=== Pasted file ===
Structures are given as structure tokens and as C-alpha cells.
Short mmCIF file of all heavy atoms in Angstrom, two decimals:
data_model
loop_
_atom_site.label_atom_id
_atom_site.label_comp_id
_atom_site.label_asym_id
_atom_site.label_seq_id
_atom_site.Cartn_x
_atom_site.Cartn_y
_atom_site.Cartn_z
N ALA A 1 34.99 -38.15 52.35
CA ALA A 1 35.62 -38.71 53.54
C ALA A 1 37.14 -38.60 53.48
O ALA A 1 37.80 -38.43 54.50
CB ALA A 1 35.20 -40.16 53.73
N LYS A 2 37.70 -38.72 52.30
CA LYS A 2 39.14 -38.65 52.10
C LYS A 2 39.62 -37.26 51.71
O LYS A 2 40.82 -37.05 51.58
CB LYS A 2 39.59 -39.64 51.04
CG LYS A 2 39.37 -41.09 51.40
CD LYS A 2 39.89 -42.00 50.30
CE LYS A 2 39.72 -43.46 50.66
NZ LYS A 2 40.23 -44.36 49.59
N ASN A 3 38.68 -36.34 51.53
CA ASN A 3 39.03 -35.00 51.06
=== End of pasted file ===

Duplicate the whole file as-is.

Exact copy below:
Structures are given as structure tokens and as C-alpha cells.
Short mmCIF file of all heavy atoms in Angstrom, two decimals:
data_model
loop_
_atom_site.label_atom_id
_atom_site.label_comp_id
_atom_site.label_asym_id
_atom_site.label_seq_id
_atom_site.Cartn_x
_atom_site.Cartn_y
_atom_site.Cartn_z
N ALA A 1 34.99 -38.15 52.35
CA ALA A 1 35.62 -38.71 53.54
C ALA A 1 37.14 -38.60 53.48
O ALA A 1 37.80 -38.43 54.50
CB ALA A 1 35.20 -40.16 53.73
N LYS A 2 37.70 -38.72 52.30
CA LYS A 2 39.14 -38.65 52.10
C LYS A 2 39.62 -37.26 51.71
O LYS A 2 40.82 -37.05 51.58
CB LYS A 2 39.59 -39.64 51.04
CG LYS A 2 39.37 -41.09 51.40
CD LYS A 2 39.89 -42.00 50.30
CE LYS A 2 39.72 -43.46 50.66
NZ LYS A 2 40.23 -44.36 49.59
N ASN A 3 38.68 -36.34 51.53
CA ASN A 3 39.03 -35.00 51.06